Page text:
How easy is it to steal a bike in Waterloo?

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What would you do if you saw someone stealing a bike by the use of bolt cutters?

In a big open space with plenty of people, you’d assume someone would stop them; but as The Cord discovered on Mar. 26, that’s not exactly the case.

I am not the kind of person that would even steal a chocolate bar, let alone a bicycle. However, as an experiment, I went to several different locations in Waterloo to “steal” a friend’s bike, just to see if others would try and stop me. And the results were shocking.

Uptown Waterloo

My first stop was in the town square in Uptown Waterloo. After the bike had been locked and secured, I made my way over with a pair of huge bolt cutters. I spent four minutes hacking away at these difficult locks, which also made my thievery blatantly obvious.

Though not many people were there, two women did notice, resulting in one walking by a few times to make an observation.

Finally, a man on a bike came and jokingly asked, “Are you trying to steal my bike?” I then made an excuse about how I lost my keys and I had to borrow the bolt cutters from a friend.

The man apologized for my “predicament,” not questioning me for any further details.

University of Waterloo

My next stop was in front of the engineering building at University of Waterloo. This lock was much easier to cut through and there were far more people at this location, who were leaving class.

Despite the speedily manner in which the lock was cut, students did notice and were quietly whispering to one another, but no one approached me or questioned me. Needless to say, my bike snatching was a success.

Beside a bus stop

My third stop was still at UW, but only about ten feet from a bus stop frequented by people getting on and off. This third lock was relatively easy to cut through as well, but two men who appeared to be construction workers saw me cutting it off and asked if I was stealing a bike in a joking manner.

I replied by saying I lost my key and, once again, they believed me.
Who would’ve thought that stealing a bike would be this easy?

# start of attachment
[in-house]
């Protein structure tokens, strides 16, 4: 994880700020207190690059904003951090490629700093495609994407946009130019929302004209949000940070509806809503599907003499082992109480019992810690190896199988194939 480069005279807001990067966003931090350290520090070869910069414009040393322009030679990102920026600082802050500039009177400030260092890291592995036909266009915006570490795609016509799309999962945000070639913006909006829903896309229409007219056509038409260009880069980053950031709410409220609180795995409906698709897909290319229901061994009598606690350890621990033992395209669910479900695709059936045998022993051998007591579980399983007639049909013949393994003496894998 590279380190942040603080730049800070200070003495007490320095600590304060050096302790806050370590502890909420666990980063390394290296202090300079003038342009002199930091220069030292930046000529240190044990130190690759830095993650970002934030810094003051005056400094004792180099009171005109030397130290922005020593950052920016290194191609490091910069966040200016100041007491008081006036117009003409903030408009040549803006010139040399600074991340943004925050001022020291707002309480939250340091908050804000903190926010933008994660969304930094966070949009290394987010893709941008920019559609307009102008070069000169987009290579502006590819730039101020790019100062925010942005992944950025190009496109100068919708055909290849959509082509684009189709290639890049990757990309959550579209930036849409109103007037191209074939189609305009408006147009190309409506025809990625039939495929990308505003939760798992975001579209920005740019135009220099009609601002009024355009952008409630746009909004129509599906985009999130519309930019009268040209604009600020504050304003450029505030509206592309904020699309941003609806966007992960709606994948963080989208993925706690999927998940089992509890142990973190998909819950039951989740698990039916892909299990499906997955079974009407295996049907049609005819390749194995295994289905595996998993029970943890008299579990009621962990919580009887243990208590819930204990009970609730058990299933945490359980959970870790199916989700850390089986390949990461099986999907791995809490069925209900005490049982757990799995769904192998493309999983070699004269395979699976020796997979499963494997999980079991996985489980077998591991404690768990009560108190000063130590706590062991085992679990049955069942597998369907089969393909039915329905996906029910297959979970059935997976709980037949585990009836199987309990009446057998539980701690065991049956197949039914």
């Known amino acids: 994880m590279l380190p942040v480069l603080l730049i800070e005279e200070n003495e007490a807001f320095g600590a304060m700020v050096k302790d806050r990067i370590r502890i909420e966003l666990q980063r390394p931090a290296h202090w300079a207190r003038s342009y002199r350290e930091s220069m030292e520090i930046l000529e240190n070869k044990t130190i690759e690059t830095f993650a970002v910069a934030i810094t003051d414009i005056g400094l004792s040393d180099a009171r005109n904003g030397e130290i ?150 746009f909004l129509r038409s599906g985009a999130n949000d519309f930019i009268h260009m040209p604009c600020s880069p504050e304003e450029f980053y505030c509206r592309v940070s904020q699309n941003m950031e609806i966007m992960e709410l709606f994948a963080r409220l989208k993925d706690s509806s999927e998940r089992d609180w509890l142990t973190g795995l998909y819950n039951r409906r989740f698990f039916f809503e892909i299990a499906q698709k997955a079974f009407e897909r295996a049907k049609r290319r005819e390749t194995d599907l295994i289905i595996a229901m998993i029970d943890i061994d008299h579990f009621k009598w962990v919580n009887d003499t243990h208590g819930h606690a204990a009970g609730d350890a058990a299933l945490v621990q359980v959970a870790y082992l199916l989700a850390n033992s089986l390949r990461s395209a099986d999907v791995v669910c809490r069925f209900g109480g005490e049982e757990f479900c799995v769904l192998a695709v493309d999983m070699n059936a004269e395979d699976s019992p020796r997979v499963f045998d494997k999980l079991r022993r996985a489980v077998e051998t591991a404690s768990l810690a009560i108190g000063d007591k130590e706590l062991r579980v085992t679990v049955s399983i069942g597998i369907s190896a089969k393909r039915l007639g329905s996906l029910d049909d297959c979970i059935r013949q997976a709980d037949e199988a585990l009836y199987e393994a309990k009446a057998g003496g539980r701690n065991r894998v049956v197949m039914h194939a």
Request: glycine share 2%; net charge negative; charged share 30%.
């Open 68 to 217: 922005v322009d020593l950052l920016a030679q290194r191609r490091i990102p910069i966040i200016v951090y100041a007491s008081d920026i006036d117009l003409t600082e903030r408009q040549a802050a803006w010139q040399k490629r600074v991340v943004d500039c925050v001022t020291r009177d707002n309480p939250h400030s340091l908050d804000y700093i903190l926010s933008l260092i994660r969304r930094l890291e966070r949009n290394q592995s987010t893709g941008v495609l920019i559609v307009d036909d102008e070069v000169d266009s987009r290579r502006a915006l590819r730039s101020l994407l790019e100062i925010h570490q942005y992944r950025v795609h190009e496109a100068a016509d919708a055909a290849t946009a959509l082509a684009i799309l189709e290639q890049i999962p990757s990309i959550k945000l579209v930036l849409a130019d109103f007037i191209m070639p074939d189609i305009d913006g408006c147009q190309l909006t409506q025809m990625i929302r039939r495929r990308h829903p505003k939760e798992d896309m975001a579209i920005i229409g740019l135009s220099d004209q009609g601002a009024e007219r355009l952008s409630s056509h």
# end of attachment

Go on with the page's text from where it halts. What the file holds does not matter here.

Wilfrid Laurier campus

There was a turn around once I tried stealing the bike at the Wilfrid Laurier University campus.

Many people were walking by the FNCC and the lock was slightly harder to cut, which made my presence more noticeable. Like before, a student light-heartedly asked if I was stealing a bike and believed the innocent “I lost my keys” speech.

However, another student came up behind me and he asked in a rather serious tone of voice, “Is that your bike?” I used my same excuse, almost expecting him to believe me and laugh. But he maintained a stern face and then made a remark about how “as long as someone knows about it.”

Although he was skeptical and showed evidence that he didn’t believe my story, he just walked away leaving me successful once again in stealing a bike.

After my bike stealing adventures, I can conclude that it is relatively easy to steal a bike in the Kitchener-Waterloo area. People will stare and possibly ask questions, but no one confronted me aggressively or threatened to report me to the police.

For those looking to reclaim a lost or stolen bike, the Waterloo Regional Police Spring Auction will be held on Saturday, April 28, 2012 starting at 9 a.m. According to Waterloo Regional Police public affairs co-ordinator Olaf Heinzel, the yearly police auction houses approximately 600-700 bicycles each year.

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